Posts Tagged ‘Year 6’

Yesterday, I detailed how I was planning to use Cuisenaire Rods with half of my Year 6s to investigate and consolidate their knowledge of fractions.

That rarest of things, a full Cuisenaire Set!

That rarest of things, a full Cuisenaire Set!

What I love about the photo above is that despite the general age of the sets we had in school, the rods looked like new… also, the lovely glimpse of working out on the whiteboard in the top corner… (click to enlarge)

My aims for working with the Cuisenaire Rods were:

  • to allow them some hands on work with little recording needed;
  • to give them lots of thinking time – time to play with the ideas behind the rods and questions;
  • to explore fractions in a different way – I doubt they will have used this equipment before (it always surprises me how, in this computer filled age, the simplest thing like a wooden block can fascinate children in the ways they do);
  • to have some interesting discussions about their mathematical thinking. I want to hear their reasoning throughout this task.

My class relished working with these. I gave them a brief introduction to the rods – none of them recalled  using them before – and a quick run down of the task (shown in full at the bottom of the full post, click read the rest of this entry to display it), to investigate relationships between the rods when given a statement about them. I emphasised that it was OK not to give an answer as a definite decimal number, but they could leave it as a fraction, or even give their answer as a colour in certain cases. Nevertheless, a few children asked for calculators and I allowed this as I didn’t want to dampen their enthusiasm for finding an answer!

Exploring the rods.

Exploring the rods.

They had around half an hour to explore the task and the rods, during which I took the photos you see dotted around this post and kept a careful ear open for the language and discussions the children were having. They had whiteboards to make jottings on and were told that I wouldn’t be marking them but I wanted them to explain to me how they knew things.

The majority of the 12 were sensibly exploring the relationships and questions associated with the rods. A couple were unsure about how to approach the task – in particular the questions that didn’t have an easily definable answer. One child found it hard to see that with each question the rules were reset. For example, question 1 states that red is equal to one, and in question 2 that association is broken as brown is equal to 10, equivalent to 4 red rods, making red equal two and a half. This child is one who is particularly talented at number work and is adept at working mentally. I expected him to really enjoy and take to this task with minimal effort but it didn’t click with him at all. He wanted to join the rest of the class in their task claiming that he, “didn’t get fractions”. I think his issue was down to a different structure to this lesson than normal and the safety net of a right or wrong answer not being there – he loves being right, and struggles to cope with being wrong.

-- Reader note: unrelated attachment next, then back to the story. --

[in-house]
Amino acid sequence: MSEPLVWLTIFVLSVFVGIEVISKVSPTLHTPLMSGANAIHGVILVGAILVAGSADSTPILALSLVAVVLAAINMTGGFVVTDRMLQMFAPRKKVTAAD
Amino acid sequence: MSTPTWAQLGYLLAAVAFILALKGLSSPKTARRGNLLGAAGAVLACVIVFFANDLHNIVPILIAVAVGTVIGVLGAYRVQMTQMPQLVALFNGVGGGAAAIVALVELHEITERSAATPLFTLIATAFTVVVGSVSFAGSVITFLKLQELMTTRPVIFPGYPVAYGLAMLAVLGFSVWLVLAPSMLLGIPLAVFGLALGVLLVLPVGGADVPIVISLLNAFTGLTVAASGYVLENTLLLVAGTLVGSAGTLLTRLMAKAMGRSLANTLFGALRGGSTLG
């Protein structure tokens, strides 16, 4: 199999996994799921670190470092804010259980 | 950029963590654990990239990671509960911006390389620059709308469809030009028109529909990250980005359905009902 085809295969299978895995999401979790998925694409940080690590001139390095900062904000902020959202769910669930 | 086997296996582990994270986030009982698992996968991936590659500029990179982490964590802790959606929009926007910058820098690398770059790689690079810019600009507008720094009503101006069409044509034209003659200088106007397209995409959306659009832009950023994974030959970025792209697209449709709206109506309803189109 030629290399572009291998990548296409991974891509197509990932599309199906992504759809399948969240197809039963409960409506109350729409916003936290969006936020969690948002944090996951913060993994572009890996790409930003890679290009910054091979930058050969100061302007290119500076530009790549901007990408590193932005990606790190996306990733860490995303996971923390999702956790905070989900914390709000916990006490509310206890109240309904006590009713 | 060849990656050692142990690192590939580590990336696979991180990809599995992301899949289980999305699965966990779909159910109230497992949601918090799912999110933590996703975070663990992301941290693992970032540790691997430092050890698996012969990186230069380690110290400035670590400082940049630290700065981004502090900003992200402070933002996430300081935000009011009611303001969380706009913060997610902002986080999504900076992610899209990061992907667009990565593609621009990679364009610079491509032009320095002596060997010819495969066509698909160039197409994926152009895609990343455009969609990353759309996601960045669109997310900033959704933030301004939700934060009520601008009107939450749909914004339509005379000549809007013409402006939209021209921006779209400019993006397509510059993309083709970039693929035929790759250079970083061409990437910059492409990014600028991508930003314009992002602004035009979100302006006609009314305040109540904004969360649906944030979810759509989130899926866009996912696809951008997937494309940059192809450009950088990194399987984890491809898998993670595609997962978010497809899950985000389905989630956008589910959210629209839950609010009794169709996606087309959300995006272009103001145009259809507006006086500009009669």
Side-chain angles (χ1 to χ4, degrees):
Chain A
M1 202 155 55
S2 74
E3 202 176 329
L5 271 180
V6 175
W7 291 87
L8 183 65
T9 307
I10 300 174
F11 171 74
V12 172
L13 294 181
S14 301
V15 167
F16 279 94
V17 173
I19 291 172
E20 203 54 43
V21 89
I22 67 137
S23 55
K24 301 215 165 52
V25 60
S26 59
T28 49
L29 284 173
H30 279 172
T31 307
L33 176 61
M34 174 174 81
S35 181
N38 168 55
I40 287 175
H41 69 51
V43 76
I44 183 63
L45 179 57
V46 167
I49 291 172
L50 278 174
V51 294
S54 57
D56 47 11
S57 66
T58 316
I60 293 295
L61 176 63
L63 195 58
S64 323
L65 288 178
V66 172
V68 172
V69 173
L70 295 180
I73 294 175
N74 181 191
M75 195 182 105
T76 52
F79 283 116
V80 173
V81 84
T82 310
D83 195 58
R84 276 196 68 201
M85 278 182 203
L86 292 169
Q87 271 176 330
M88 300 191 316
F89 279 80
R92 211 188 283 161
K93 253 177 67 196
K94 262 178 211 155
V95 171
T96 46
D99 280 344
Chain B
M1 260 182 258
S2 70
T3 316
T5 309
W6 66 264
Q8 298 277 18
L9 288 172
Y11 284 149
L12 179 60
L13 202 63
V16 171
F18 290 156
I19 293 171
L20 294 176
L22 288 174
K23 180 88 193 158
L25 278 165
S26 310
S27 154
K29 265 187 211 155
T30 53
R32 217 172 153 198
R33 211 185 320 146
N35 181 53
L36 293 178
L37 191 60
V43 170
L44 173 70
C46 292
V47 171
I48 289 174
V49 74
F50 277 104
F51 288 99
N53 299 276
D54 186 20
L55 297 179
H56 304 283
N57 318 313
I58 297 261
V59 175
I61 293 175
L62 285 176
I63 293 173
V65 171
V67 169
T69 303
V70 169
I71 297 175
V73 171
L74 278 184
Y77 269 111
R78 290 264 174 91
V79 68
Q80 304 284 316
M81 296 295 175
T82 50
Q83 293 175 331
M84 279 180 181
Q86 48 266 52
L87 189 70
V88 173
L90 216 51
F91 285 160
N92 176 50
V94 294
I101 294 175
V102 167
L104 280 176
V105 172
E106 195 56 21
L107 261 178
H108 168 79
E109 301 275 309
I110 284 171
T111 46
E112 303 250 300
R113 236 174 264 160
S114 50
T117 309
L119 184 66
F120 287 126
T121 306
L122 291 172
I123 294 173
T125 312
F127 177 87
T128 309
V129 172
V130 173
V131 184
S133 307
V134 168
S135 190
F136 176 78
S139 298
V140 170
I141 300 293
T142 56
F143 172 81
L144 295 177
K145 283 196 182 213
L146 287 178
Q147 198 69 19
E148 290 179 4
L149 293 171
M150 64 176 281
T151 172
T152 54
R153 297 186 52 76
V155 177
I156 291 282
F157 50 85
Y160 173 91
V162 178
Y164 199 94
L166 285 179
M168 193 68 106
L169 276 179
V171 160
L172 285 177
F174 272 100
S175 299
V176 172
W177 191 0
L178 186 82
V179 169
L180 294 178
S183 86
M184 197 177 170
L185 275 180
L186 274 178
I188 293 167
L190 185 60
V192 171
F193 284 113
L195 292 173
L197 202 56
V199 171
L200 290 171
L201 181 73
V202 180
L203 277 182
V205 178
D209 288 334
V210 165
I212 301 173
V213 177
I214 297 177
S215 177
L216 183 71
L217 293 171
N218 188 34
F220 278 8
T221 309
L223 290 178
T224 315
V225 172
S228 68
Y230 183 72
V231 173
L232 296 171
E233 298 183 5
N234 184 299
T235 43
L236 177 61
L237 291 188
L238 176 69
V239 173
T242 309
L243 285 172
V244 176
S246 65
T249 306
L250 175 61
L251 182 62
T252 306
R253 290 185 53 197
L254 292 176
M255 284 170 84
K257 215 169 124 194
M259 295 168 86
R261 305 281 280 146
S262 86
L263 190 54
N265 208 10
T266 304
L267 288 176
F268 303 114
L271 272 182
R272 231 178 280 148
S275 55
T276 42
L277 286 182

As far as collaborative work went, the children mostly worked well together, discussing the implications of the criteria set down in the rules and finding relationships within the rods that they could use to guide them to the answer. Some of the questions I have likened to solving a Sudoku puzzle in that you only have a finite knowledge of the whole set of 10 coloured rods and you need to slot the values of the rest in carefully around that knowledge.

Working out Question 4.

Working out Question 4.

Solving Question 4.

Solving Question 4.

One such example of this is question4: “If orange subtract pink is thirty, what is: a) orange plus red? b) orange plus yellow? c) half of orange?”. Above is one child’s working out for this question – they insisted on neatening it up for the second photo… From this, they have worked out:

  • Orange subtract pink is dark green;
  • Therefore, dark green is worth 30;
  • 3 red rods have the same value as dark green (30);
  • 1 red rod is worth 10 (30 ÷ 3);
  • 5 red rods are the same as orange, so orange is worth 50 (5 x 10);
  • Orange plus red is 60 (top picture);
  • Yellow is worth 25 (half of orange, so 50 ÷ 2);
  • Orange plus yellow is worth 75;
  • Brown plus red = orange;
  • Dark blue plus white = orange.

Quite a lot of maths for such a short question – the last two not having been asked for, but they wanted to find equivalent lengths.

The great thing is, the quality of the maths here was good. It showed their ability to think in a logical way and discuss their thinking well. The discussions spread further than their pairs, the two tables became one mass talking point in the class, trying to explain to each other how they had worked out their different results. Another positive is that, generally, they agreed on a solution – no matter how they each worked it out.